Can poor hygiene kill you?
Poor hygiene is difficult to measure – as you may not realise that you aren’t taking care of yourself well enough. Proper hygiene is a form of self-care. Being clean feels great! Taking a shower or brushing your teeth can really start your day off on a good note. You will feel fresh and confident to interact with other people.
But, sometimes, we neglect to take care of ourselves and our hygiene.
You may have experienced some self-care neglect on the pandemic, perhaps. Most of us were left working from home, not seeing anyone for long periods of time! This shouldn’t be an excuse to neglect our hygiene as germs and bacteria can grow and spread and make us ill!
This is poor personal hygiene!
What are germs?
Germs are found on our grimy hands and all over our bodies. Four major types of germs have been identified that affect human health, namely bacteria, viruses, fungi, and protozoa. These germs can invade plants, animals, and people, and sometimes they can make us sick. This is where hygiene comes in.
If we don’t wash our hands and keep our spaces clean, these germs will most likely invade our bodies. Some eat up our nutrients and energy and produce toxins, which are proteins. These toxins act like poison in the body and can cause symptoms of common infections:
- and diarrhoea.
How are germs spread?
Most germs spread via sneezes, coughs, or even breaths, explains Kid’s Health. Germs also spread via sweat, saliva, and blood from person to person.
How do we stop germs with hygiene?
Soap and water. The pandemic has taught us this in abundance. Washing your hands often is the best way to beat infections and stop germs from spreading. Do it every time you cough or sneeze, eat or prepare foods, use the bathroom, touch animals and pets, play outside, and after you visit a sick relative or friend.
Body odour is a common indication of poor personal hygiene. It leads to discomfort and can bring about an embarrassing situation. There are also other consequences. According to Fawssit, you may develop allergies, constantly itch and socially isolated.
Sweat and bacteria from your apocrine glands produce body odour. Unwashed sweat results in more bacteria, and your body odour worsens.
Poor personal hygiene begins with infrequent showering. Wearing dirty, smelly socks and not airing out your shoes are behaviours of poor hygiene. Take the time to wash your feet and any smelly, stained or dirty clothes. Change your underwear regularly.
Bad breath and other oral concerns
Bad breath (or halitosis) is an effect of poor hygiene. It impacts your oral health. The bacteria on food particles tend to get stuck on our teeth. As the bacteria digests, an unpleasant odour is produced. That odour is associated with halitosis.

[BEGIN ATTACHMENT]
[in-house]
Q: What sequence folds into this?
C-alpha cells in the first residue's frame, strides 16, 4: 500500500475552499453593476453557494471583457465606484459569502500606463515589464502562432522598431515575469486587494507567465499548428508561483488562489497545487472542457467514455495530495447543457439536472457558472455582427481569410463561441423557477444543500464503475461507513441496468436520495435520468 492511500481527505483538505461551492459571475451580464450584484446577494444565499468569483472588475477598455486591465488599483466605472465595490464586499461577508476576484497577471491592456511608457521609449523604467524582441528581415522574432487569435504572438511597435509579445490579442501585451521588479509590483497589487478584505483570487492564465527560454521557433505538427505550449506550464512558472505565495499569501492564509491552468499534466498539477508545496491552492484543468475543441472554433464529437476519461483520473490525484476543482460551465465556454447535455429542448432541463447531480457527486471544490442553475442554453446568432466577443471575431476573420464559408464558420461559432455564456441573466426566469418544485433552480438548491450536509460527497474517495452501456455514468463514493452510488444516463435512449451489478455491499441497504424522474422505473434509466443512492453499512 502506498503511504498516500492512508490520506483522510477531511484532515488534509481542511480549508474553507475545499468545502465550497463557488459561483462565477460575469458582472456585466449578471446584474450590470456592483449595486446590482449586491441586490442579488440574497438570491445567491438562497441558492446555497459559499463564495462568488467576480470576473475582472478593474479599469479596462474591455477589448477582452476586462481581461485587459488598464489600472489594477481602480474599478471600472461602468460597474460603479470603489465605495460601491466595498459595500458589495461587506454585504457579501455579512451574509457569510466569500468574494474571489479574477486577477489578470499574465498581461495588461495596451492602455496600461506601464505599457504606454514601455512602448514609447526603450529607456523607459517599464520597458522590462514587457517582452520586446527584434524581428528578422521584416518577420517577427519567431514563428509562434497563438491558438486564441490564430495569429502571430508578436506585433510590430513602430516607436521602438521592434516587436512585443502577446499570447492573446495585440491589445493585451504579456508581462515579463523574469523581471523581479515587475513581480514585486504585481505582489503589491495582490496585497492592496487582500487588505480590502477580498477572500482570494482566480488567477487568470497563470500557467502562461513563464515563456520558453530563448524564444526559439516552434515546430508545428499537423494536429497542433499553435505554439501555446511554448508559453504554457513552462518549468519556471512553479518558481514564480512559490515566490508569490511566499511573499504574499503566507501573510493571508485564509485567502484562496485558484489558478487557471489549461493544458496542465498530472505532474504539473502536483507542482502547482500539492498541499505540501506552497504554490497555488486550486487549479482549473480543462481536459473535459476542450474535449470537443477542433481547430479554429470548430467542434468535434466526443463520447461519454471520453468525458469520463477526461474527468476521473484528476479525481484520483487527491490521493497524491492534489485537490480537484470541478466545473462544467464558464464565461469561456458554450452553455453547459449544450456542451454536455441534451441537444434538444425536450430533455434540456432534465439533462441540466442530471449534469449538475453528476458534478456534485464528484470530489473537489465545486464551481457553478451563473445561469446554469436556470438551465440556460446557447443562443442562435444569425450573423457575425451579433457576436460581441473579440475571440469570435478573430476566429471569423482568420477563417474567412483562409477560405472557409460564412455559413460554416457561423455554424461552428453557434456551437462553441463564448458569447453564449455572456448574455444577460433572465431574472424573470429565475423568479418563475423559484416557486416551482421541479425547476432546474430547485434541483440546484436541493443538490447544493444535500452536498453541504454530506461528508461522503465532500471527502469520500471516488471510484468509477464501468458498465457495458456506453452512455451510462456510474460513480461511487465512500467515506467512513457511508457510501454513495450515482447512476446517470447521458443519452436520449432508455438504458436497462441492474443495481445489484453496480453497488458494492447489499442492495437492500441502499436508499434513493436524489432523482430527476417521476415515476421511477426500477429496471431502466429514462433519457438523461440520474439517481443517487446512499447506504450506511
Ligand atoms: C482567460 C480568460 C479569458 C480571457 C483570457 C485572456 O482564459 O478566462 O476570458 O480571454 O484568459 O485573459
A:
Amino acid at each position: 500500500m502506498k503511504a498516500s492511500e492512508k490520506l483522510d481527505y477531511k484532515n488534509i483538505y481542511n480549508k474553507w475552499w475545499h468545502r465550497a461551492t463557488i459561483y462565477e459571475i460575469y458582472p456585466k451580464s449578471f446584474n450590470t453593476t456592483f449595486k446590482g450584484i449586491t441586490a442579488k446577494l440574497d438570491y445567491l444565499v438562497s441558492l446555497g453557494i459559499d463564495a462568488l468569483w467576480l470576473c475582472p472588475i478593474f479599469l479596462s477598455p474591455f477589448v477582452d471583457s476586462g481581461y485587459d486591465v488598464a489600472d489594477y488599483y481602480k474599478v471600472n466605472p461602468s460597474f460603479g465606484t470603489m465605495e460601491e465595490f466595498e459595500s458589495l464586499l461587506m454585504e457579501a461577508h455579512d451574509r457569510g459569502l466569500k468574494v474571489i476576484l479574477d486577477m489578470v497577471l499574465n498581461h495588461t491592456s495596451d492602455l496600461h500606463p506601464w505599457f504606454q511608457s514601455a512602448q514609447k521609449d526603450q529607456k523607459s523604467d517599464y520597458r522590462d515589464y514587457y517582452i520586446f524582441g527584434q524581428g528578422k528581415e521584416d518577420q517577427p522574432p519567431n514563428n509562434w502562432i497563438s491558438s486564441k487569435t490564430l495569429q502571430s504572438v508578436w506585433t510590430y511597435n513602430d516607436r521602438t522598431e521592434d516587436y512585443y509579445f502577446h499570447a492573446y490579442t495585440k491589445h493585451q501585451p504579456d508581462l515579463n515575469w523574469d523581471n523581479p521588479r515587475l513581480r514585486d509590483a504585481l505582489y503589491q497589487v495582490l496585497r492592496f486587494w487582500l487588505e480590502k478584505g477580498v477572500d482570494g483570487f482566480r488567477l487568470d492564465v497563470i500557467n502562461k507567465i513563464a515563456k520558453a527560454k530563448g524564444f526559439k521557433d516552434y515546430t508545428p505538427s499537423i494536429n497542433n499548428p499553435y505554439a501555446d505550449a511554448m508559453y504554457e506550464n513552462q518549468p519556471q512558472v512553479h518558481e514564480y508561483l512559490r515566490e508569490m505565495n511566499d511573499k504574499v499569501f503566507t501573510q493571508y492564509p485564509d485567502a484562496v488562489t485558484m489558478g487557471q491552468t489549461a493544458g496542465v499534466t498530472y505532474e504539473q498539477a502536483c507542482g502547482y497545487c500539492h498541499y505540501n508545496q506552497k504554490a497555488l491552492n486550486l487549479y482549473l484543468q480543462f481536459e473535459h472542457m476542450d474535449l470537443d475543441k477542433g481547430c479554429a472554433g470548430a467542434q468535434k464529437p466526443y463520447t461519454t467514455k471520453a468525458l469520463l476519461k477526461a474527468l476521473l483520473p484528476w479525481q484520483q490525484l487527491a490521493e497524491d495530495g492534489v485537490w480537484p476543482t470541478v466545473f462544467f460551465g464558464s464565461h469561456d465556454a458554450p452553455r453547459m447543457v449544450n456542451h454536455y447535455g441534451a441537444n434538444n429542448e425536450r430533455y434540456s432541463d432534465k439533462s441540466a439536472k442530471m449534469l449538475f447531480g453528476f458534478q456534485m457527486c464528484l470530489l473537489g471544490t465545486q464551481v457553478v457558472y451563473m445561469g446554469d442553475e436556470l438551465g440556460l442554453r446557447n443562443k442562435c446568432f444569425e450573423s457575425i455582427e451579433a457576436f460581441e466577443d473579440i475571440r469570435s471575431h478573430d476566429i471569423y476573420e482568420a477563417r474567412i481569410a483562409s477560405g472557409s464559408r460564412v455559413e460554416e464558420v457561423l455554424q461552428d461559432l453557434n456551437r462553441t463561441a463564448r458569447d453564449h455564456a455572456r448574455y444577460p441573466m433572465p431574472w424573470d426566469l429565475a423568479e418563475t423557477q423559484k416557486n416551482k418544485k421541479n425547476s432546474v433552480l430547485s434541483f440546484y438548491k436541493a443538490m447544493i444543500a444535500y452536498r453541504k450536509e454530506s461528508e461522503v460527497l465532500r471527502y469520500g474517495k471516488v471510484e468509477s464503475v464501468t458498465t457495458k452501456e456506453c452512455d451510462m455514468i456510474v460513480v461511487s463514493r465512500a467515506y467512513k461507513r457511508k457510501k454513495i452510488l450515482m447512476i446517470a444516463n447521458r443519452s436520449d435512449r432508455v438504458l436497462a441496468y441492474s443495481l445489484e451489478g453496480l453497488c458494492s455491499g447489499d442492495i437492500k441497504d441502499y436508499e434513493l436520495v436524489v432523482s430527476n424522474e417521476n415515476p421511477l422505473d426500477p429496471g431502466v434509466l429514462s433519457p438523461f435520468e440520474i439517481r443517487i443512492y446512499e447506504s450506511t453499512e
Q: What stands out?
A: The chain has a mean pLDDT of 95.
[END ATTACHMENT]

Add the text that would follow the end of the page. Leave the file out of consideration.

Tooth decay and bleeding gums are also a result of poor oral hygiene. Behaviours that lead to oral diseases include irregular brushing of the teeth and not flossing. It is important to clean your tongue while brushing your teeth. Cut down on acidic drinks and excessive smoking.
Poor dental care is known to cause health issues like heart disease.
The flu can be an effect of poor hygiene. Try to prevent contamination from pathogens. Stop spreading your germs to other people.
Poor hygiene behaviour related to influenza includes not wearing a mask when feeling sick. Cover your sneezes and coughs with a cloth. You can also use your elbow. Avoid attending social gathering when you are ill and wash your hands frequently.
Body lice infestation is hazardous to your health. It is also uncomfortable. Lice are small insects. They live and lay eggs in your clothing and bedding. Lice also feed on your skin’s residue. They colonise your armpits and groin. These areas have a lot of humidity.
Take regular baths and wear clean clothes every day. This will avoid lice infestation. Change your bedding at least once a week. Wash your clothes well. Avoid wearing dirty or smelly clothes.
The effects of poor hygiene on your social life!
Excessive sneezing and coughing, as well as the foul odour, might lead people to avoid close contact with you. People won’t always tell you what the problem is, as it can get awkward to explain to someone that their hygiene leaves a lot to be desired. It is a difficult subject, but your personal hygiene is your responsibility. Your social life can be impacted severely. Others will see you as a source of diseases and infections.
Poor hygiene can negatively affect your presentation. Others may make wrong judgments about your abilities and performance, solely based on your appearance and health.
Poor hygiene can also affect romantic relationships. Some people may find it difficult to engage with a person who has a bad odour or who may be sick all the time.
Create a personal hygiene routine
Improve your personal hygiene by creating better habits and strategies. Set reminders for certain things, like showering, clipping your nails or brushing your teeth. Set a reminder on your phone.
Hang signs in your bathroom. The signs are reminders to wash your hands after using the toilet. In the kitchen, hang a sign up to wash your hands before eating. These signs are helpful for adults and children.
Learning a new habit takes time. Start a new habit at the beginning of each week. Prioritise that habit for a week or two. When you are comfortable in that habit, start a new one. Over time, you won’t need any reminders. Poor hygiene won’t kill you with the right amount of reminders.
If you do find yourself battling a stubborn infection or constantly sniffling and coughing, consult your doctor!